With the summer boating season in full swing, the Maryland natural resource police is charged with the daunting task of keeping the state’s waterways safe. Enforcing Maryland’s DUI laws out on the water is one way that the natural resource police can accomplish this objective. The Maryland state police, and local police departments across the state devote a great deal of effort to maintain or increase the amount of drunk driving arrests each year. This is in part to send a message to the public that drunk driving will not be tolerated out on Maryland’s roads. Each summer, the natural resource police attempts to send the same message that driving a boat while under the influence of alcohol or drugs will not be tolerated on Maryland’s waters. If you decide to venture out on the 17,000 miles of river or the 1,700 square miles of Chesapeake Bay, chances are that you will encounter a Maryland natural resource police officer. In order to prepare for one of these encounters, it is important for boaters to understand how Maryland’s drunk driving laws apply to boaters.
Maryland law does not differentiate between boating and driving with respect to drunk driving laws. The Maryland DUI law, which falls under the transportation statute, prohibits driving any vehicle while either under the influence of drugs or alcohol, or while intoxicated. The words any vehicle are understood to include vessels such as motorboats, sailboats, and jet skis. Therefore, Maryland DUI laws are exactly the same regardless of whether you are driving a car on 695 or cruising on a jet ski down the bay in Ocean City. Maryland natural resource police officers are trained in DUI detection in the same manner as state troopers and local police officers. Natural resource police are also equipped with intoxilyzer machines to administer breath alcohol tests to boaters who they think may be under the influence of alcohol or drugs. Police officers that patrol Maryland’s waters may also have an advantage over road patrol officers in making DUI arrests.
Boaters out on Maryland’s waters may feel a sense of relaxing isolation and serenity but keep in mind that natural resource police officers are never too far away, especially in popular areas such as the Chesapeake Bay or Ocean City. A boater may not sense the harm in cracking open a few beers while cruising down the bay, but a natural resource officer will certainly disagree. The main advantage that a police officer out on the water has over a road patrol police officer is that it is much easier to make contact with other boaters while on the water. For a road patrol officer to initiate contact with another driver, the officer must have reasonable suspicion that the driver is committing a crime in order to conduct a lawful traffic stop, but a boating police officer will mind it much easier to initiate a consensual encounter on Maryland’s waters.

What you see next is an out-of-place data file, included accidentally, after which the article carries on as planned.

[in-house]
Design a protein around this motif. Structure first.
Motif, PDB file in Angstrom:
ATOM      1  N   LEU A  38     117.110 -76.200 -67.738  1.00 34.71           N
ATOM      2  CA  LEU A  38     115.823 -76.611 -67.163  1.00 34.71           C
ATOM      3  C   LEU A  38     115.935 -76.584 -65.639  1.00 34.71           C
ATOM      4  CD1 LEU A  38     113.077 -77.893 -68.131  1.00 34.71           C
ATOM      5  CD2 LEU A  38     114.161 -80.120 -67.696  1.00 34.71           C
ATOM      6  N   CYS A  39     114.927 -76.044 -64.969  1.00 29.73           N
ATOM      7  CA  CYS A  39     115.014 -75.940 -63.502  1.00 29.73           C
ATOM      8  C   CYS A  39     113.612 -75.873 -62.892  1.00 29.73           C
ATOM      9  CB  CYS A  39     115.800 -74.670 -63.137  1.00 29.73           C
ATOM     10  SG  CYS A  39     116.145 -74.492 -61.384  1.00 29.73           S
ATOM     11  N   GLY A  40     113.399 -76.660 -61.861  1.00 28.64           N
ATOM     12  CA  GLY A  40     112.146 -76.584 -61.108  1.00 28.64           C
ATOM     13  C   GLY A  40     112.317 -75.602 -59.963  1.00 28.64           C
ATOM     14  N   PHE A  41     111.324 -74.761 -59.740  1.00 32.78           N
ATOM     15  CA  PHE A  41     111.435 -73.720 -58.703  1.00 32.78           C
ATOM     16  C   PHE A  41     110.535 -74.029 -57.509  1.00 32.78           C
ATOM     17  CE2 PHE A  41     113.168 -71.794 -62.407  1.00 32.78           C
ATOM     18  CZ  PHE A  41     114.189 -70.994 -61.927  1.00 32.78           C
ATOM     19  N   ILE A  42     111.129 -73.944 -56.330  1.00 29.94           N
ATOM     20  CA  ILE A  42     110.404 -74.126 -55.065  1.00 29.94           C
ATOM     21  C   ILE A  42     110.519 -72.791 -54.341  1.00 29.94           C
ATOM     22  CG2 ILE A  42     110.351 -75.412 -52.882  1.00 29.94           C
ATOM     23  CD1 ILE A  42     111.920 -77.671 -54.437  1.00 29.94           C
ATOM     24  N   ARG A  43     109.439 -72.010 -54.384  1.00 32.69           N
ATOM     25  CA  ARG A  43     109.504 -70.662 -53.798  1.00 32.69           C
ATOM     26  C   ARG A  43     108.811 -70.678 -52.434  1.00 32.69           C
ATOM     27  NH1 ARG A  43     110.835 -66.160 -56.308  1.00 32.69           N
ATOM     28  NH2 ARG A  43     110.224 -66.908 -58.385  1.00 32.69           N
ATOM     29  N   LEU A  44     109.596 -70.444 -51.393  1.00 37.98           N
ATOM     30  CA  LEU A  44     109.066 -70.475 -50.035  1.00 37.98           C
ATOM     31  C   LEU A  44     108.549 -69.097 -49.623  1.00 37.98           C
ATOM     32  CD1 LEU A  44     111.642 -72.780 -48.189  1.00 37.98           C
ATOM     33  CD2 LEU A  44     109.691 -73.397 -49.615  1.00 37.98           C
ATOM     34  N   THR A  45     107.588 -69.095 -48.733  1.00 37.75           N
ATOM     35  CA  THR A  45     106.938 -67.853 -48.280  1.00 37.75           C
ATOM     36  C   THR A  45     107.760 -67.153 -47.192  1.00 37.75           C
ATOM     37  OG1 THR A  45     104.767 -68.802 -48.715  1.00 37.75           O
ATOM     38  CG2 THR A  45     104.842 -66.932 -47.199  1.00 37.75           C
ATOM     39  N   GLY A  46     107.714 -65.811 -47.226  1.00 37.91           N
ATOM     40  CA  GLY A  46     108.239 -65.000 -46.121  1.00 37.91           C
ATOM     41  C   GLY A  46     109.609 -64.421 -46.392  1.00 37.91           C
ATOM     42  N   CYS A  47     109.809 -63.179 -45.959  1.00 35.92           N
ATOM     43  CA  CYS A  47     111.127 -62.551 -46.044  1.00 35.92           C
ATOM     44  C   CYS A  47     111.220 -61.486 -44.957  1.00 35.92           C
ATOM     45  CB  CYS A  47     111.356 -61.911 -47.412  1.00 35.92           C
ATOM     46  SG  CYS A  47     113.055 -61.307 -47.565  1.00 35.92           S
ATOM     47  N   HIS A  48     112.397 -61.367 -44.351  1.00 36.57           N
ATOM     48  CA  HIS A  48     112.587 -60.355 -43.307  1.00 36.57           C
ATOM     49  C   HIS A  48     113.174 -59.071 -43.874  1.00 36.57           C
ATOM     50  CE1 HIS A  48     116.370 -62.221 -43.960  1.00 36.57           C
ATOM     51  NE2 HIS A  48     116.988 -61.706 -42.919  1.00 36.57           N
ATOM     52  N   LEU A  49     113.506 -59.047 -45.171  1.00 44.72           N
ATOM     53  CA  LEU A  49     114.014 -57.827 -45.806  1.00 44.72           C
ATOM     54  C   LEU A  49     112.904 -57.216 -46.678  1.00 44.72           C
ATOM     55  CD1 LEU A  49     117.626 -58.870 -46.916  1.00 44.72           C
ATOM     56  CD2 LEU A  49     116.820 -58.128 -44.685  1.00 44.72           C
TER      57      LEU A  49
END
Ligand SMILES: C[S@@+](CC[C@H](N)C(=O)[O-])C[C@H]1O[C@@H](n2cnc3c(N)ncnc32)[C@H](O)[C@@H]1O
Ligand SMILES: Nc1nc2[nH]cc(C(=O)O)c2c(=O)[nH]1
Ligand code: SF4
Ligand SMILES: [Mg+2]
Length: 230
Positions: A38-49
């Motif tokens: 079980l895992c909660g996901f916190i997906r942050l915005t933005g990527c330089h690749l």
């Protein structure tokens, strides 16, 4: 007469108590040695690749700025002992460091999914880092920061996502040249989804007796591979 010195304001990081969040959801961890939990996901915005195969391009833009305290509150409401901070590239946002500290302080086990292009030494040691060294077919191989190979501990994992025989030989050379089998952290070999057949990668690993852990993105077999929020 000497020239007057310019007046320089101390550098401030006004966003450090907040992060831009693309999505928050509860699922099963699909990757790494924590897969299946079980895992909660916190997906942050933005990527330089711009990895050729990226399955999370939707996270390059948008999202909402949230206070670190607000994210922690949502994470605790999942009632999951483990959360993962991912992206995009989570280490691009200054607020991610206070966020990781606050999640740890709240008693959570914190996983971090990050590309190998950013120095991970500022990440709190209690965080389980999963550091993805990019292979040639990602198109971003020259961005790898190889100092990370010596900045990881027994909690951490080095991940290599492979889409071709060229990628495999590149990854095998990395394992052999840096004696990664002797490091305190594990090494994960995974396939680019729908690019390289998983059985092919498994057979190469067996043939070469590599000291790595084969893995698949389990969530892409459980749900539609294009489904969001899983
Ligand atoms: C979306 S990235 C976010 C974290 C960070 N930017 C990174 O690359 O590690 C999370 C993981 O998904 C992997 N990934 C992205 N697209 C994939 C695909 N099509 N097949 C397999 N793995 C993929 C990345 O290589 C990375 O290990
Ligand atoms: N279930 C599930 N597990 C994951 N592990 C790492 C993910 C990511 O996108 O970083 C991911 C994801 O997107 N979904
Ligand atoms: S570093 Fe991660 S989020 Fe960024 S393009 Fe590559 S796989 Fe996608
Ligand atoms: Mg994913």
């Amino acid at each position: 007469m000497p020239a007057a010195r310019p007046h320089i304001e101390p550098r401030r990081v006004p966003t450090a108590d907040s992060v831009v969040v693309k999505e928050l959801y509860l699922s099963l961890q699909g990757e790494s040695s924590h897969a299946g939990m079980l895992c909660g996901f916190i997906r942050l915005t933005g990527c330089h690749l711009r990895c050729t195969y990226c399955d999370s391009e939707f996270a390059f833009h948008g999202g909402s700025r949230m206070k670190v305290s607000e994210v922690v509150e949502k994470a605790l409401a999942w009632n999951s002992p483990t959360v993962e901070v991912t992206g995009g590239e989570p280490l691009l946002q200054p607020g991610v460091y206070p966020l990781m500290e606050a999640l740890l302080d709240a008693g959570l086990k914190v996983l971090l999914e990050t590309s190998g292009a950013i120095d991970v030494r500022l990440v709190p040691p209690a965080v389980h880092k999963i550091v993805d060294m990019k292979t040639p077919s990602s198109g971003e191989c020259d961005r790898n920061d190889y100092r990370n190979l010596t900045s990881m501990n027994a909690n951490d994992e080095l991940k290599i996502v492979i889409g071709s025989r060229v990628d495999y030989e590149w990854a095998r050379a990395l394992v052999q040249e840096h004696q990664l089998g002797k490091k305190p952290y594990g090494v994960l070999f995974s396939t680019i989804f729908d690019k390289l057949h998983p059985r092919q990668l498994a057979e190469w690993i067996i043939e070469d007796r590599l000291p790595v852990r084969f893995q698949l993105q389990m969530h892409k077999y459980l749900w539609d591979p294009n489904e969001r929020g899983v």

Natural resource police officers do not have the same constraints as a road patrol police officer, as a boating officer can simply pull up next to a civilian’s boat and initiate a citizen contact. Boating officers do not necessarily need to have probable cause to board a civilians boat in order to begin a DUI investigation. An officer can simply engage a boater in conversation about whether they have the appropriate safety systems onboard, while at the same time they may be gathering DUI evidence such as the speech and behavior of the boater. Most boats are also open, and there is no constitutional constraint on a police officer’s ability to pull up next to a civilian’s boat to look for drugs or alcohol in plain view. It is important for all boaters to be aware that Maryland DUI laws apply to boaters and drivers alike, and all boaters should be prepared for encounters with the natural resource police at some point in the summer boating season. A future post on boating DUI in Maryland will discuss the relationship between alcohol and boating accidents compared to alcohol and car accidents.
Benjamin Herbst is a Maryland boating DUI lawyer that handles all types of drunk driving cases in Maryland. If you have been arrested for DUI in Baltimore or anywhere in Maryland, contact The Herbst Firm for a free consultation.